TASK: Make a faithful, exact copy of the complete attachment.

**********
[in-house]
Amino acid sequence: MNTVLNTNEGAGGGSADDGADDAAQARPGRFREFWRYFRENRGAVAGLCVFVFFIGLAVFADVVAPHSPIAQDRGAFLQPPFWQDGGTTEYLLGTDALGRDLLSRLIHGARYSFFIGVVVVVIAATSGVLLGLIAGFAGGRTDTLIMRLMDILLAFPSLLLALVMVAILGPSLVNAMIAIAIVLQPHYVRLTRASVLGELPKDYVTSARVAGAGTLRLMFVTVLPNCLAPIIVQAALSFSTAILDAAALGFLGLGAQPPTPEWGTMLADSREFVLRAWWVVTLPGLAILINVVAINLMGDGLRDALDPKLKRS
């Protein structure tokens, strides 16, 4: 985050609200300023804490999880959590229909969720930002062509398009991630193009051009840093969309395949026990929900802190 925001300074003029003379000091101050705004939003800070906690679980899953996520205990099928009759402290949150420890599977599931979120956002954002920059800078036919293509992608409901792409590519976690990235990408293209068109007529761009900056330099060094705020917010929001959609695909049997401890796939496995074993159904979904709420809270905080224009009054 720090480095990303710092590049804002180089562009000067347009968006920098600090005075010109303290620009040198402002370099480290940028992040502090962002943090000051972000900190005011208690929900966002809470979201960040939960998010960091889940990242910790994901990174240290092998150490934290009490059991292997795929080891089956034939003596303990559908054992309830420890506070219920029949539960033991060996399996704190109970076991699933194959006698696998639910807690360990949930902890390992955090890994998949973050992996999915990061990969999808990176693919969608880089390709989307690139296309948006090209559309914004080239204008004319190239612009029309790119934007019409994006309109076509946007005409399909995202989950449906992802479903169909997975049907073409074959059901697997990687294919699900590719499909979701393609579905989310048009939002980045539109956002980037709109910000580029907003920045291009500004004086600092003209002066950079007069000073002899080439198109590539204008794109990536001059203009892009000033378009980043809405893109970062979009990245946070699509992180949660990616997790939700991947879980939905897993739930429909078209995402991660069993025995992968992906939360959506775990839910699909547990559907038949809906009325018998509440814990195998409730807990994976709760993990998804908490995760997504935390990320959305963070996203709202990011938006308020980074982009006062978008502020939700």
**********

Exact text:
[in-house]
Amino acid sequence: MNTVLNTNEGAGGGSADDGADDAAQARPGRFREFWRYFRENRGAVAGLCVFVFFIGLAVFADVVAPHSPIAQDRGAFLQPPFWQDGGTTEYLLGTDALGRDLLSRLIHGARYSFFIGVVVVVIAATSGVLLGLIAGFAGGRTDTLIMRLMDILLAFPSLLLALVMVAILGPSLVNAMIAIAIVLQPHYVRLTRASVLGELPKDYVTSARVAGAGTLRLMFVTVLPNCLAPIIVQAALSFSTAILDAAALGFLGLGAQPPTPEWGTMLADSREFVLRAWWVVTLPGLAILINVVAINLMGDGLRDALDPKLKRS
């Protein structure tokens, strides 16, 4: 985050609200300023804490999880959590229909969720930002062509398009991630193009051009840093969309395949026990929900802190 925001300074003029003379000091101050705004939003800070906690679980899953996520205990099928009759402290949150420890599977599931979120956002954002920059800078036919293509992608409901792409590519976690990235990408293209068109007529761009900056330099060094705020917010929001959609695909049997401890796939496995074993159904979904709420809270905080224009009054 720090480095990303710092590049804002180089562009000067347009968006920098600090005075010109303290620009040198402002370099480290940028992040502090962002943090000051972000900190005011208690929900966002809470979201960040939960998010960091889940990242910790994901990174240290092998150490934290009490059991292997795929080891089956034939003596303990559908054992309830420890506070219920029949539960033991060996399996704190109970076991699933194959006698696998639910807690360990949930902890390992955090890994998949973050992996999915990061990969999808990176693919969608880089390709989307690139296309948006090209559309914004080239204008004319190239612009029309790119934007019409994006309109076509946007005409399909995202989950449906992802479903169909997975049907073409074959059901697997990687294919699900590719499909979701393609579905989310048009939002980045539109956002980037709109910000580029907003920045291009500004004086600092003209002066950079007069000073002899080439198109590539204008794109990536001059203009892009000033378009980043809405893109970062979009990245946070699509992180949660990616997790939700991947879980939905897993739930429909078209995402991660069993025995992968992906939360959506775990839910699909547990559907038949809906009325018998509440814990195998409730807990994976709760993990998804908490995760997504935390990320959305963070996203709202990011938006308020980074982009006062978008502020939700």